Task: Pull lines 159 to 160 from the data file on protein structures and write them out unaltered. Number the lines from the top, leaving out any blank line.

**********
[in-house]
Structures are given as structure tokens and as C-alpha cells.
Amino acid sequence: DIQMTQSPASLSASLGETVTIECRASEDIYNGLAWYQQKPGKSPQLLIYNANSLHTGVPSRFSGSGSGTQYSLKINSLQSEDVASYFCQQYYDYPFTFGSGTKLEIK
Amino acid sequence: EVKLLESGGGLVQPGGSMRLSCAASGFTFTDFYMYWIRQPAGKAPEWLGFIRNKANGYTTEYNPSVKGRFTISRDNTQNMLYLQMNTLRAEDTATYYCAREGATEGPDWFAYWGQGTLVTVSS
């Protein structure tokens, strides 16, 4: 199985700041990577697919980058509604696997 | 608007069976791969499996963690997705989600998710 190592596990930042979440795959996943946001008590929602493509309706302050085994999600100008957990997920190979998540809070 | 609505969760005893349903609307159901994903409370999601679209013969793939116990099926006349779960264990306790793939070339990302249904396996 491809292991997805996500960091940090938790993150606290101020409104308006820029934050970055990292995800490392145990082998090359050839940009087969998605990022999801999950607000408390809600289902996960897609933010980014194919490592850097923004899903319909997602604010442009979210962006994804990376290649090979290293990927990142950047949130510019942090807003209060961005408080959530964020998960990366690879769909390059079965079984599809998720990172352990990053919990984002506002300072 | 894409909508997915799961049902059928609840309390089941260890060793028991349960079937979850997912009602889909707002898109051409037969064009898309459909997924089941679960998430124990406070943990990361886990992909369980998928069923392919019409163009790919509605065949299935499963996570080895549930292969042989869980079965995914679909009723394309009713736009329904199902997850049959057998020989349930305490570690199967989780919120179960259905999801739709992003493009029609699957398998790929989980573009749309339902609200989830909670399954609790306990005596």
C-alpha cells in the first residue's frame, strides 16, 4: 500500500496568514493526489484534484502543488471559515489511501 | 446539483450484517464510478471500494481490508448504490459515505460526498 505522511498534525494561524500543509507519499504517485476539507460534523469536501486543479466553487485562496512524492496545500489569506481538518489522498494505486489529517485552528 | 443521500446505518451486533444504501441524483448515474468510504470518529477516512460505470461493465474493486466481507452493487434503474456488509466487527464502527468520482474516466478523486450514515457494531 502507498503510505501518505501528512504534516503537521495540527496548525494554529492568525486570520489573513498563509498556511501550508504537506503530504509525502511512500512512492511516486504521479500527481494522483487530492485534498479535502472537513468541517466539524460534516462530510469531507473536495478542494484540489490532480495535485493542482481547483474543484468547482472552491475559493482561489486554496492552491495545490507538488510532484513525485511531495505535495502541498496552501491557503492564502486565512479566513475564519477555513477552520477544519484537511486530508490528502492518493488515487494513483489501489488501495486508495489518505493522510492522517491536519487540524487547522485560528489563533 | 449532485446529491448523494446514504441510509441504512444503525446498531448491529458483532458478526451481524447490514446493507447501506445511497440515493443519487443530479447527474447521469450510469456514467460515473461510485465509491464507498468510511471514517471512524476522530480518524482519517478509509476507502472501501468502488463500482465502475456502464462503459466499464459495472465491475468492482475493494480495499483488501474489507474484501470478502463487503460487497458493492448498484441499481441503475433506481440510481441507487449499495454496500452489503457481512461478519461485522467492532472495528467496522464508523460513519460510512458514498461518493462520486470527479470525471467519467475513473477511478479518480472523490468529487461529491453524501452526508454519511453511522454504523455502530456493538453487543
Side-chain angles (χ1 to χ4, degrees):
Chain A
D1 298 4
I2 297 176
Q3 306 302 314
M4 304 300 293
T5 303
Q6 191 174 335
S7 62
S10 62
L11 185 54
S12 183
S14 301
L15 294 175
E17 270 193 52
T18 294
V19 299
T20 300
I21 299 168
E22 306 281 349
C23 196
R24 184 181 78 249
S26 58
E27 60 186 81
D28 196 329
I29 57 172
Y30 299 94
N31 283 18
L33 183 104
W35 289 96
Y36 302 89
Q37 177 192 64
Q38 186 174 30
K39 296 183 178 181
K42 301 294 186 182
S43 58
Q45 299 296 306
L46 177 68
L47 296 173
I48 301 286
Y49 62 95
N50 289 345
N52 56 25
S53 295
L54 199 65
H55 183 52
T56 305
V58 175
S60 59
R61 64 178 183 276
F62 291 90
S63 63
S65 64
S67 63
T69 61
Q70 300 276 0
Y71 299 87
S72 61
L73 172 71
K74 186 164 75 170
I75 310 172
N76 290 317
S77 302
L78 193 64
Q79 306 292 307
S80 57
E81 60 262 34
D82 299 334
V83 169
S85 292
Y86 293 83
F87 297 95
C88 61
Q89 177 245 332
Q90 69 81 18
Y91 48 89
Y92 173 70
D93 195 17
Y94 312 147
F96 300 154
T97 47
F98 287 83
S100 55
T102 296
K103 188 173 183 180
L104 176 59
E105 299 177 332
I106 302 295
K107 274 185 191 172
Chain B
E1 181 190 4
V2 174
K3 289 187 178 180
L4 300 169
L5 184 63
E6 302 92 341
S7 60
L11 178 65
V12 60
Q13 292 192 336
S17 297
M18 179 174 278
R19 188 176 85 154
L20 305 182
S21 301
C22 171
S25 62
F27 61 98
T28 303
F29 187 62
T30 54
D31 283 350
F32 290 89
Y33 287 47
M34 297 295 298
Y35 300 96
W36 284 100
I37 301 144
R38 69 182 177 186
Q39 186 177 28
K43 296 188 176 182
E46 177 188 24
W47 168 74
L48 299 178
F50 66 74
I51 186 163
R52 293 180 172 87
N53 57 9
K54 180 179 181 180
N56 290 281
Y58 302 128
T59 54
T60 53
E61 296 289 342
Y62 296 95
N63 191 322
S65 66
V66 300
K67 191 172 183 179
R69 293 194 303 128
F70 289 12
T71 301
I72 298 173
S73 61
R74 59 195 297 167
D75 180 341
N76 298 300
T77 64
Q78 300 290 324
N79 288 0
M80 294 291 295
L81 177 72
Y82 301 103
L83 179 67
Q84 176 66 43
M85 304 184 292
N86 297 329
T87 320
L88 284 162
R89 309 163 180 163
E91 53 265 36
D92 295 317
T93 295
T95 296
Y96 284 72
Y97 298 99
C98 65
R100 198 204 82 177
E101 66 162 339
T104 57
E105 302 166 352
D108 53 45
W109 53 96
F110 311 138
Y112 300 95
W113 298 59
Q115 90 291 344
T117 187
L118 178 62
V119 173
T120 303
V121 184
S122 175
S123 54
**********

Y82 301 103
L83 179 67